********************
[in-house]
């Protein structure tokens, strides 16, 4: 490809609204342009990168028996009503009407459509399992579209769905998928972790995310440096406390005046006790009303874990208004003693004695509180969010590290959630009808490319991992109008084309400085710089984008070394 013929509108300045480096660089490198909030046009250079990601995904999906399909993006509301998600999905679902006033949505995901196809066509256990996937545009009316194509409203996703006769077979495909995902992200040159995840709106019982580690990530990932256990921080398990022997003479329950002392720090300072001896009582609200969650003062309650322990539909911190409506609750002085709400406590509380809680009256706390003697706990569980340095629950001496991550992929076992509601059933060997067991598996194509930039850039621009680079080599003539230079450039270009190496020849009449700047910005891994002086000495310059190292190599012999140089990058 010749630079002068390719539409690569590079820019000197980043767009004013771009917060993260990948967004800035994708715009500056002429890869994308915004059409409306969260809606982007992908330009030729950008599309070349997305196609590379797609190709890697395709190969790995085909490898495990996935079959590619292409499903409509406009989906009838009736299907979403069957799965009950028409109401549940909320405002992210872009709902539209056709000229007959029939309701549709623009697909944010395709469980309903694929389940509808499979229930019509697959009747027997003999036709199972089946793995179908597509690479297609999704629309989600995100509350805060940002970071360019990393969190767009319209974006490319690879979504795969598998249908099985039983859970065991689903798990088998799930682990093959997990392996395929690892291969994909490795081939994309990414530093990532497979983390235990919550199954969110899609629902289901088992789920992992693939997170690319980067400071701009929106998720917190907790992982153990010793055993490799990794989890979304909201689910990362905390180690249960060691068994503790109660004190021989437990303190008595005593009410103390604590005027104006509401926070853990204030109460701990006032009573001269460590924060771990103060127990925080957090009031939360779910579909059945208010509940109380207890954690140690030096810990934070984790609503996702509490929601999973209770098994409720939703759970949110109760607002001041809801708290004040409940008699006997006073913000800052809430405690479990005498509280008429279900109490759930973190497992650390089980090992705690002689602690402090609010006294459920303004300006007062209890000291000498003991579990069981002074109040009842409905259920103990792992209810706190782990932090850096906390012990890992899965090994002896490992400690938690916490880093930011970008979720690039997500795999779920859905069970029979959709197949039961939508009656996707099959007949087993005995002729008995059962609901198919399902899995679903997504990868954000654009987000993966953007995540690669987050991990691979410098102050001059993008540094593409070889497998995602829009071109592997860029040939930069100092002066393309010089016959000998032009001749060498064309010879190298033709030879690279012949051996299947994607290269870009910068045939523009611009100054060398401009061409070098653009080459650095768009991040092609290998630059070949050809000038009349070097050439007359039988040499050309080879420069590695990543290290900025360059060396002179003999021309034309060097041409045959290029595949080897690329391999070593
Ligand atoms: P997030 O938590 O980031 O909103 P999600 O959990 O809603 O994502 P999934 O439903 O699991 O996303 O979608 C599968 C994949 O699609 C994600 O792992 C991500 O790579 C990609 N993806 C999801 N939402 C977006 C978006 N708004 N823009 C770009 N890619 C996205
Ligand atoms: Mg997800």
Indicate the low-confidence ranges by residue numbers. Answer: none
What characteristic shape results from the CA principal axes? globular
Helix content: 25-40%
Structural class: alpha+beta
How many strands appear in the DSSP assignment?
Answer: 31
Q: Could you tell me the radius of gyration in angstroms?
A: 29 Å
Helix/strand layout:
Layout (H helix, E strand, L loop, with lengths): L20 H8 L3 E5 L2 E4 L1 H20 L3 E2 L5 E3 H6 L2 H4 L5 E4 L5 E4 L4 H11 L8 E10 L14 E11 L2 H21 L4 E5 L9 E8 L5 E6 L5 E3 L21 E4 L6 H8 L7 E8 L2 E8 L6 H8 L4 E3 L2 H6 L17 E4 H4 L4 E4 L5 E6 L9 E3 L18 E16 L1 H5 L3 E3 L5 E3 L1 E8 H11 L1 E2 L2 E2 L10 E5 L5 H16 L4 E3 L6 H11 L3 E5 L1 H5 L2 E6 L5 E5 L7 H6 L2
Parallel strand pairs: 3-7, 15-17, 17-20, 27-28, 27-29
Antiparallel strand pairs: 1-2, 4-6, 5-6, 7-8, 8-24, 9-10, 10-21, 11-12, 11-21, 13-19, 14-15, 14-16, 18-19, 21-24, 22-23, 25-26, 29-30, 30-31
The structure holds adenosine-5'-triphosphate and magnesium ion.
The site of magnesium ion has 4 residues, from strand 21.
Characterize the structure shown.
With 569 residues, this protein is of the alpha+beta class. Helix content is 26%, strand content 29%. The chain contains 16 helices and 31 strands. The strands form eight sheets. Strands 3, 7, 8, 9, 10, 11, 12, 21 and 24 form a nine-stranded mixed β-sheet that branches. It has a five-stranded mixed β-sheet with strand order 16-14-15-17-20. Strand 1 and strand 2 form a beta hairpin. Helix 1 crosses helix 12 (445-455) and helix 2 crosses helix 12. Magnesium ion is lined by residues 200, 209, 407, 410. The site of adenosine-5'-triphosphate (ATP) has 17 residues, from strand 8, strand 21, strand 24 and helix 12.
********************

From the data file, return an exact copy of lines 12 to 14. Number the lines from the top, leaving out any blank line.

A: 29 Å
Helix/strand layout:
Layout (H helix, E strand, L loop, with lengths): L20 H8 L3 E5 L2 E4 L1 H20 L3 E2 L5 E3 H6 L2 H4 L5 E4 L5 E4 L4 H11 L8 E10 L14 E11 L2 H21 L4 E5 L9 E8 L5 E6 L5 E3 L21 E4 L6 H8 L7 E8 L2 E8 L6 H8 L4 E3 L2 H6 L17 E4 H4 L4 E4 L5 E6 L9 E3 L18 E16 L1 H5 L3 E3 L5 E3 L1 E8 H11 L1 E2 L2 E2 L10 E5 L5 H16 L4 E3 L6 H11 L3 E5 L1 H5 L2 E6 L5 E5 L7 H6 L2